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Who could be an ancient Greek citizen?
The Athenian definition of “citizens” was also different from modern-day citizens: only free men were considered citizens in Athens. Women, children, and slaves were not considered citizens and therefore could not vote. Each year 500 names were chosen from all the citizens of ancient Athens.
What is the Greek definition of citizen?
The Greek term for citizenship is πολιτεία [politeia]. Politeia is the right of citizenship. It means that one could be called a citizen – πολίτης [polites] only as a member of a community who is fit to govern. That brings us to the notion of the state.
What are the requirements for Greek citizenship?
Descent. If you were born outside Greece but have at least one Greek parent,you qualify for this form of citizenship automatically.
How do I apply for Greek citizenship?
First, go to the municipality where your permanent address is and submit a declaration that you want Greek citizenship. After that, you can apply for Greek citizenship before the Administrative Office of the Municipality.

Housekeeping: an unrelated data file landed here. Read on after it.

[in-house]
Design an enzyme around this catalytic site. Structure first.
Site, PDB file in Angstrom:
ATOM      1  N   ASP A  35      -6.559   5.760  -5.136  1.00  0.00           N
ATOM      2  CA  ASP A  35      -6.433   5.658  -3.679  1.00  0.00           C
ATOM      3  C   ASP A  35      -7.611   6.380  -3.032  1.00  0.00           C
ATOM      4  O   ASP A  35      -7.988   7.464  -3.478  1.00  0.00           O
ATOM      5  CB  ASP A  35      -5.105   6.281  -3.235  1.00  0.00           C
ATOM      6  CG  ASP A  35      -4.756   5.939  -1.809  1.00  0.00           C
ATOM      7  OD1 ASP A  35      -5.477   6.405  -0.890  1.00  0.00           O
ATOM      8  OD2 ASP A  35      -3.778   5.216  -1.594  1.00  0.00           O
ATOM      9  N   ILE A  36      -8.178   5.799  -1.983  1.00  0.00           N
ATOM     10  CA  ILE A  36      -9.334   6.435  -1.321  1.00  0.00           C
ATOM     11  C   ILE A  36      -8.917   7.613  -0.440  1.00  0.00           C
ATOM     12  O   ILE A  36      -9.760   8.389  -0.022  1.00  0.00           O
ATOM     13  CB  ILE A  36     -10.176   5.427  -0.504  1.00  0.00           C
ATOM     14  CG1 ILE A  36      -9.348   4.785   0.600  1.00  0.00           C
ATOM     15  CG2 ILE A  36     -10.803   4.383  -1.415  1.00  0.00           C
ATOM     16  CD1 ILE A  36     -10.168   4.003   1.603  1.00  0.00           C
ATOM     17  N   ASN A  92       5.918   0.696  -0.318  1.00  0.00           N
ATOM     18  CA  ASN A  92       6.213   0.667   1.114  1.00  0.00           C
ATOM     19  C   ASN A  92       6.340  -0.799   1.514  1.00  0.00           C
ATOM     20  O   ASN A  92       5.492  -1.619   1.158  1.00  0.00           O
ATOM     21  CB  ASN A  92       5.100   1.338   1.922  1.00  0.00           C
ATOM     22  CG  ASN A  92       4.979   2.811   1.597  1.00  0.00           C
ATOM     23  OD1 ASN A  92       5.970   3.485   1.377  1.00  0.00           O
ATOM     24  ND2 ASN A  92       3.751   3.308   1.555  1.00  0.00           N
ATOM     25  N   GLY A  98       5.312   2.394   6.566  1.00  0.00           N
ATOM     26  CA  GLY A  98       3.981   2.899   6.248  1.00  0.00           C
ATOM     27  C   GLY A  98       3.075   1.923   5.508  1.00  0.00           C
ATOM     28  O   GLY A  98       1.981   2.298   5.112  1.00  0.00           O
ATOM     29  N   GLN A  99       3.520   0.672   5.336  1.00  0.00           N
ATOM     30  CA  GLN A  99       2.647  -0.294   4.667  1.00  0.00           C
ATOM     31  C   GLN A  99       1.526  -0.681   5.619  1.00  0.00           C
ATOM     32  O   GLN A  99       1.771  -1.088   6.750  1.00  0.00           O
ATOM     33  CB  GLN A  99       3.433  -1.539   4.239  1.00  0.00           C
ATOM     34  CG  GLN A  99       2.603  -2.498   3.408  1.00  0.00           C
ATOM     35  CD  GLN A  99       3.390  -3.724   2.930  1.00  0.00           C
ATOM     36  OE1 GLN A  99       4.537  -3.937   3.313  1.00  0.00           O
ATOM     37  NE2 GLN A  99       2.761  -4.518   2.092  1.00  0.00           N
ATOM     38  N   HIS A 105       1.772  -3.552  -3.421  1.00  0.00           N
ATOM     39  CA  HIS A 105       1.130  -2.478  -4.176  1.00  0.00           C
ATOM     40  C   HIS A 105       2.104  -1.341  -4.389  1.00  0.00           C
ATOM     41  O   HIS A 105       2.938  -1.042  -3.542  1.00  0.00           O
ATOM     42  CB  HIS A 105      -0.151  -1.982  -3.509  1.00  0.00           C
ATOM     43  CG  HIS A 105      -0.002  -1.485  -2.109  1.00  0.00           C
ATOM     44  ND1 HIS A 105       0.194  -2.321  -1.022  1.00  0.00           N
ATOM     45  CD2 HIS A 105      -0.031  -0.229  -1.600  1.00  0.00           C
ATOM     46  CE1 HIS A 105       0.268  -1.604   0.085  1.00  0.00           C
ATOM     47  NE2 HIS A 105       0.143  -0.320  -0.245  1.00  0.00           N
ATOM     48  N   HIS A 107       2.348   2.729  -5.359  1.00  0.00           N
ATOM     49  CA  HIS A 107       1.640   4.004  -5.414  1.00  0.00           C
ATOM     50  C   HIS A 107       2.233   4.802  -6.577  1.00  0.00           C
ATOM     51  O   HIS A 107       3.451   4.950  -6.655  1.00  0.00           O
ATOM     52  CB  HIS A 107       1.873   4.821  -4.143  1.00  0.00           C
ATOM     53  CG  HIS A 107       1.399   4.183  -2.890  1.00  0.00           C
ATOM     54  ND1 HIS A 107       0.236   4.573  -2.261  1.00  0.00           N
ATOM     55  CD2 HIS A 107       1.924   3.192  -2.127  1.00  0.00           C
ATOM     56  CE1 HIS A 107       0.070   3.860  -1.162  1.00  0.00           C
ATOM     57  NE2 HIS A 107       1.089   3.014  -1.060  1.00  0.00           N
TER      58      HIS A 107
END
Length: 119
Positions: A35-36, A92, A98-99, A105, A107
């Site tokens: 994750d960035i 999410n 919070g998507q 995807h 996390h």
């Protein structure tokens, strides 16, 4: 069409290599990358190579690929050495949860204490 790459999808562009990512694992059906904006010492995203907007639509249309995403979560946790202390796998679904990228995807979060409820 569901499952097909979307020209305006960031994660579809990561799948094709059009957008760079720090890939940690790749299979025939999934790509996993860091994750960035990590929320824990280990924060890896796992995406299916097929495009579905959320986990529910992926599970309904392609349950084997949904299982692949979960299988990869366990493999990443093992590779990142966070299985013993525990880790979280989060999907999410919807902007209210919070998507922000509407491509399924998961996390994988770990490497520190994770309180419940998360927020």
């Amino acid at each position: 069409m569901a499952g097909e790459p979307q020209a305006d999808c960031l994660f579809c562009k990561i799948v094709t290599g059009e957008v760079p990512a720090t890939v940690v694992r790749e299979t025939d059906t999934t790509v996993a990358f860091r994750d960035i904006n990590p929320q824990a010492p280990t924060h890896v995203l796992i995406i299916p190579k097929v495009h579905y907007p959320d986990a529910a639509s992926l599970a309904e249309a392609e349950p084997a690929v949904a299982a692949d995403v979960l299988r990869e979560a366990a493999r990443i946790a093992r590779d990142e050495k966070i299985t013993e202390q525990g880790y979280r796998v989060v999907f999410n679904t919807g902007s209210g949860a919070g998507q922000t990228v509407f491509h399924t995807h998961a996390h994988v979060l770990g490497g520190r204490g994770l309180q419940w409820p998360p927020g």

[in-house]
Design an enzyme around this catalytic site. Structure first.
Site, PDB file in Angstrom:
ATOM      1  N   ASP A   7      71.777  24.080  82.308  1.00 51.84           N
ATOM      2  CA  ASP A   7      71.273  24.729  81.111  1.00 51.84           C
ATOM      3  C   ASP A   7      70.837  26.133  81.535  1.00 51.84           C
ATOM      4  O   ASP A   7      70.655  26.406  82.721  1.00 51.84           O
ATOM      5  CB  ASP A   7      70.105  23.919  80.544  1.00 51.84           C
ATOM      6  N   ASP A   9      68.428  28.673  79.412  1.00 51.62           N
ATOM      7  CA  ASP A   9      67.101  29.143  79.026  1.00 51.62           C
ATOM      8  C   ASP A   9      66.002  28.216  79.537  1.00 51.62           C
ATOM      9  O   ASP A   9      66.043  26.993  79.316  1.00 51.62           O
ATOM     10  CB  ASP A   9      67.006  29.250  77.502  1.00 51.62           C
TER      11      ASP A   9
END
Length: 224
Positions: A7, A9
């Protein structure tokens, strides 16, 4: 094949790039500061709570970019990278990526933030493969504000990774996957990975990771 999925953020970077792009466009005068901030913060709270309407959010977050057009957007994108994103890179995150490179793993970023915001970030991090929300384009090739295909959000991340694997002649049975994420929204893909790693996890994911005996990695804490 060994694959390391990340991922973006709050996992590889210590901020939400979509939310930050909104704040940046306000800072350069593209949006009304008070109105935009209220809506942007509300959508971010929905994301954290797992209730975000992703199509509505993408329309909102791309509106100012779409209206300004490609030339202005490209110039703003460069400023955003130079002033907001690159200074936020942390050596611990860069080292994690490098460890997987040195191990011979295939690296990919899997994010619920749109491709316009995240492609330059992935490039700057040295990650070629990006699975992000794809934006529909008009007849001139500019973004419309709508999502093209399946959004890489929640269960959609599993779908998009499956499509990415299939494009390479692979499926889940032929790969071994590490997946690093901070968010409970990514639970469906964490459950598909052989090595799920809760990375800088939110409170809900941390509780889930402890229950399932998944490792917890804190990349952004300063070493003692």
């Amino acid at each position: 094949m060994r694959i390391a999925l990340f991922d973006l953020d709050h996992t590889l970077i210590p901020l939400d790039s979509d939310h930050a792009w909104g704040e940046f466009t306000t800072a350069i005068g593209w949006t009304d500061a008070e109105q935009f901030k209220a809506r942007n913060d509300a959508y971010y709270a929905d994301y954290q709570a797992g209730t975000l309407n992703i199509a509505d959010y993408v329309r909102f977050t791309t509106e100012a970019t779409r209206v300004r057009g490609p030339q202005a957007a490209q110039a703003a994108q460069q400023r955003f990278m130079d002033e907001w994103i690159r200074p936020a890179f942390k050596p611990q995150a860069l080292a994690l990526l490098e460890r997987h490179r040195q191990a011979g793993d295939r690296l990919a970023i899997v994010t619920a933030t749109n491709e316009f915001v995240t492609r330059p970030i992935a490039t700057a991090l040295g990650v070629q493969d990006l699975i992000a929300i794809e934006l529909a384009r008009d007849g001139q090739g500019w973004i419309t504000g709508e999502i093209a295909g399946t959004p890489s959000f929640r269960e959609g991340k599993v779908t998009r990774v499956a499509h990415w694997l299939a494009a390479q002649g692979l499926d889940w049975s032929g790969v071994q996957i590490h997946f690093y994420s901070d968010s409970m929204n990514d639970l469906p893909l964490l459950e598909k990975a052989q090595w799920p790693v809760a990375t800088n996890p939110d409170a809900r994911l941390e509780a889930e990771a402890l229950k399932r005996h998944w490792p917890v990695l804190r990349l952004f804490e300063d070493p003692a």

What is a citizen in ancient Greece?
Citizens in Ancient Greece were usually men who were born in that city. Women, slaves and (usually) residents born elsewhere, didn’t have the right to vote. Tenant farmers were only allowed to vote for whoever they were ordered to vote for by their master.
What did the word citizen mean to ancient Greece?
Citizenship in Ancient Greece. In Greece, citizenship meant sharing in the duties and privileges of membership in the polis , or city-state*. Citizens were required to fight in defense of the polis and expected to participate in the political life of the city by voting. In return, they were the only ones allowed to own land and to hold political office. Because citizens controlled the wealth and power of the polis, the Greeks carefully regulated who could obtain citizenship.